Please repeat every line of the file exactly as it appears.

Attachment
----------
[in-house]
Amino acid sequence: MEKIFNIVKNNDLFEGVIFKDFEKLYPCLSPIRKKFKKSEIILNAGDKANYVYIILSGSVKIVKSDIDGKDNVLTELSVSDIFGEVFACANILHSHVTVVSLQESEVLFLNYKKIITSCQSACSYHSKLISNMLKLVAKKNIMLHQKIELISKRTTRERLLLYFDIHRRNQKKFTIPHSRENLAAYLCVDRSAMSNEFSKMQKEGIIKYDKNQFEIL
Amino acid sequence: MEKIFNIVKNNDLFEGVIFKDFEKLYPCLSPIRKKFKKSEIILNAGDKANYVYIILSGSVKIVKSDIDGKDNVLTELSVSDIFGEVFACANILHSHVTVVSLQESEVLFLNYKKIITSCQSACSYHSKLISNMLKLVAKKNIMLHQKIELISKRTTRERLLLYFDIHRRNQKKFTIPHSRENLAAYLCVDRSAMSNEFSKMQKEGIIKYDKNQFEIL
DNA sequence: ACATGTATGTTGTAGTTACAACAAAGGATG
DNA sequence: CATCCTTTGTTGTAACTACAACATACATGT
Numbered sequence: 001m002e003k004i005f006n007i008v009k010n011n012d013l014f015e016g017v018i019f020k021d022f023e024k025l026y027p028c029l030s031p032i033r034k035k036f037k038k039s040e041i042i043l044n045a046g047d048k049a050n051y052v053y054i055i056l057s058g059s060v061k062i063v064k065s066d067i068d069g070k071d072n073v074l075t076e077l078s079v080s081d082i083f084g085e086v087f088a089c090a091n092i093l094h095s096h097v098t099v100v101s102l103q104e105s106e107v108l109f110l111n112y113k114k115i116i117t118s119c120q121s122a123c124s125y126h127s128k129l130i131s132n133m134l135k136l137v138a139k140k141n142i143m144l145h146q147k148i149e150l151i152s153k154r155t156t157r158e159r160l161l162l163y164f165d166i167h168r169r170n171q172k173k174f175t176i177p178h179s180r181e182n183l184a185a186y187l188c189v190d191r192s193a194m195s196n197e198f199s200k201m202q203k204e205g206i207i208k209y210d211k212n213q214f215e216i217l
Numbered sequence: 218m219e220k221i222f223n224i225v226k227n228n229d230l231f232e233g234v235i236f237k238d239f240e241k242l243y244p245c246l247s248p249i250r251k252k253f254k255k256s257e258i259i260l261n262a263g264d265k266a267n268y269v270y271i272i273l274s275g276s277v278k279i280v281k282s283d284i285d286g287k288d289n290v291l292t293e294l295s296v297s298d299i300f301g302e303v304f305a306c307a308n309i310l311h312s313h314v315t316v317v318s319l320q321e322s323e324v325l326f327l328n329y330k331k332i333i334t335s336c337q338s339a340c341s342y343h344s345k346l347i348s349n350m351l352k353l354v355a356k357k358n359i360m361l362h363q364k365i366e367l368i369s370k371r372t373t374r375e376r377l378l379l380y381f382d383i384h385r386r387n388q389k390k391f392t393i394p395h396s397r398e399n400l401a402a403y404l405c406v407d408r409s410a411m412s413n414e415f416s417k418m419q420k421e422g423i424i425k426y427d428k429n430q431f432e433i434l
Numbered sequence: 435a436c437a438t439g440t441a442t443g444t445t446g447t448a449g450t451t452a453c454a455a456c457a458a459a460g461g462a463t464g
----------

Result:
[in-house]
Amino acid sequence: MEKIFNIVKNNDLFEGVIFKDFEKLYPCLSPIRKKFKKSEIILNAGDKANYVYIILSGSVKIVKSDIDGKDNVLTELSVSDIFGEVFACANILHSHVTVVSLQESEVLFLNYKKIITSCQSACSYHSKLISNMLKLVAKKNIMLHQKIELISKRTTRERLLLYFDIHRRNQKKFTIPHSRENLAAYLCVDRSAMSNEFSKMQKEGIIKYDKNQFEIL
Amino acid sequence: MEKIFNIVKNNDLFEGVIFKDFEKLYPCLSPIRKKFKKSEIILNAGDKANYVYIILSGSVKIVKSDIDGKDNVLTELSVSDIFGEVFACANILHSHVTVVSLQESEVLFLNYKKIITSCQSACSYHSKLISNMLKLVAKKNIMLHQKIELISKRTTRERLLLYFDIHRRNQKKFTIPHSRENLAAYLCVDRSAMSNEFSKMQKEGIIKYDKNQFEIL
DNA sequence: ACATGTATGTTGTAGTTACAACAAAGGATG
DNA sequence: CATCCTTTGTTGTAACTACAACATACATGT
Numbered sequence: 001m002e003k004i005f006n007i008v009k010n011n012d013l014f015e016g017v018i019f020k021d022f023e024k025l026y027p028c029l030s031p032i033r034k035k036f037k038k039s040e041i042i043l044n045a046g047d048k049a050n051y052v053y054i055i056l057s058g059s060v061k062i063v064k065s066d067i068d069g070k071d072n073v074l075t076e077l078s079v080s081d082i083f084g085e086v087f088a089c090a091n092i093l094h095s096h097v098t099v100v101s102l103q104e105s106e107v108l109f110l111n112y113k114k115i116i117t118s119c120q121s122a123c124s125y126h127s128k129l130i131s132n133m134l135k136l137v138a139k140k141n142i143m144l145h146q147k148i149e150l151i152s153k154r155t156t157r158e159r160l161l162l163y164f165d166i167h168r169r170n171q172k173k174f175t176i177p178h179s180r181e182n183l184a185a186y187l188c189v190d191r192s193a194m195s196n197e198f199s200k201m202q203k204e205g206i207i208k209y210d211k212n213q214f215e216i217l
Numbered sequence: 218m219e220k221i222f223n224i225v226k227n228n229d230l231f232e233g234v235i236f237k238d239f240e241k242l243y244p245c246l247s248p249i250r251k252k253f254k255k256s257e258i259i260l261n262a263g264d265k266a267n268y269v270y271i272i273l274s275g276s277v278k279i280v281k282s283d284i285d286g287k288d289n290v291l292t293e294l295s296v297s298d299i300f301g302e303v304f305a306c307a308n309i310l311h312s313h314v315t316v317v318s319l320q321e322s323e324v325l326f327l328n329y330k331k332i333i334t335s336c337q338s339a340c341s342y343h344s345k346l347i348s349n350m351l352k353l354v355a356k357k358n359i360m361l362h363q364k365i366e367l368i369s370k371r372t373t374r375e376r377l378l379l380y381f382d383i384h385r386r387n388q389k390k391f392t393i394p395h396s397r398e399n400l401a402a403y404l405c406v407d408r409s410a411m412s413n414e415f416s417k418m419q420k421e422g423i424i425k426y427d428k429n430q431f432e433i434l
Numbered sequence: 435a436c437a438t439g440t441a442t443g444t445t446g447t448a449g450t451t452a453c454a455a456c457a458a459a460g461g462a463t464g